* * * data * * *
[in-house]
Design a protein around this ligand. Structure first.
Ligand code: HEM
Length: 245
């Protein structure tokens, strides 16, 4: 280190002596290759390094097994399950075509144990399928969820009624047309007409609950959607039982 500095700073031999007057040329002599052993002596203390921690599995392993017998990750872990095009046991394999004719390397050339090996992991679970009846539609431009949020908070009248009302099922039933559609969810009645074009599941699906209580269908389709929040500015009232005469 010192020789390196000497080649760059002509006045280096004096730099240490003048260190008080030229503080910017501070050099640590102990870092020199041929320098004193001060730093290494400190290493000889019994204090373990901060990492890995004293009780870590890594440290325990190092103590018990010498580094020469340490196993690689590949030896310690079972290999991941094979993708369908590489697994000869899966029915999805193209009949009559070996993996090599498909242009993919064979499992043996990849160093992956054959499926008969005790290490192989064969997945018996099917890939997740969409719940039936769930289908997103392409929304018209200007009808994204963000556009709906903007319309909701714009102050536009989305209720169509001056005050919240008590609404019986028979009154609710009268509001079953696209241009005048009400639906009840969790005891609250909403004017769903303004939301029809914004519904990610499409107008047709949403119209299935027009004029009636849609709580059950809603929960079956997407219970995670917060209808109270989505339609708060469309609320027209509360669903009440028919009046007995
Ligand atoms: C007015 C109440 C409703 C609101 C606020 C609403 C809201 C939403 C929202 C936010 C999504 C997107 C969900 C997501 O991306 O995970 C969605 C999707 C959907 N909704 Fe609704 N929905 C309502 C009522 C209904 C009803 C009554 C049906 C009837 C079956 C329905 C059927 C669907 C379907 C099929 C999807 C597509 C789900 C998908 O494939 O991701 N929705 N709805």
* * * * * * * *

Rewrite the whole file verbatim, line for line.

[in-house]
Design a protein around this ligand. Structure first.
Ligand code: HEM
Length: 245
């Protein structure tokens, strides 16, 4: 280190002596290759390094097994399950075509144990399928969820009624047309007409609950959607039982 500095700073031999007057040329002599052993002596203390921690599995392993017998990750872990095009046991394999004719390397050339090996992991679970009846539609431009949020908070009248009302099922039933559609969810009645074009599941699906209580269908389709929040500015009232005469 010192020789390196000497080649760059002509006045280096004096730099240490003048260190008080030229503080910017501070050099640590102990870092020199041929320098004193001060730093290494400190290493000889019994204090373990901060990492890995004293009780870590890594440290325990190092103590018990010498580094020469340490196993690689590949030896310690079972290999991941094979993708369908590489697994000869899966029915999805193209009949009559070996993996090599498909242009993919064979499992043996990849160093992956054959499926008969005790290490192989064969997945018996099917890939997740969409719940039936769930289908997103392409929304018209200007009808994204963000556009709906903007319309909701714009102050536009989305209720169509001056005050919240008590609404019986028979009154609710009268509001079953696209241009005048009400639906009840969790005891609250909403004017769903303004939301029809914004519904990610499409107008047709949403119209299935027009004029009636849609709580059950809603929960079956997407219970995670917060209808109270989505339609708060469309609320027209509360669903009440028919009046007995
Ligand atoms: C007015 C109440 C409703 C609101 C606020 C609403 C809201 C939403 C929202 C936010 C999504 C997107 C969900 C997501 O991306 O995970 C969605 C999707 C959907 N909704 Fe609704 N929905 C309502 C009522 C209904 C009803 C009554 C049906 C009837 C079956 C329905 C059927 C669907 C379907 C099929 C999807 C597509 C789900 C998908 O494939 O991701 N929705 N709805």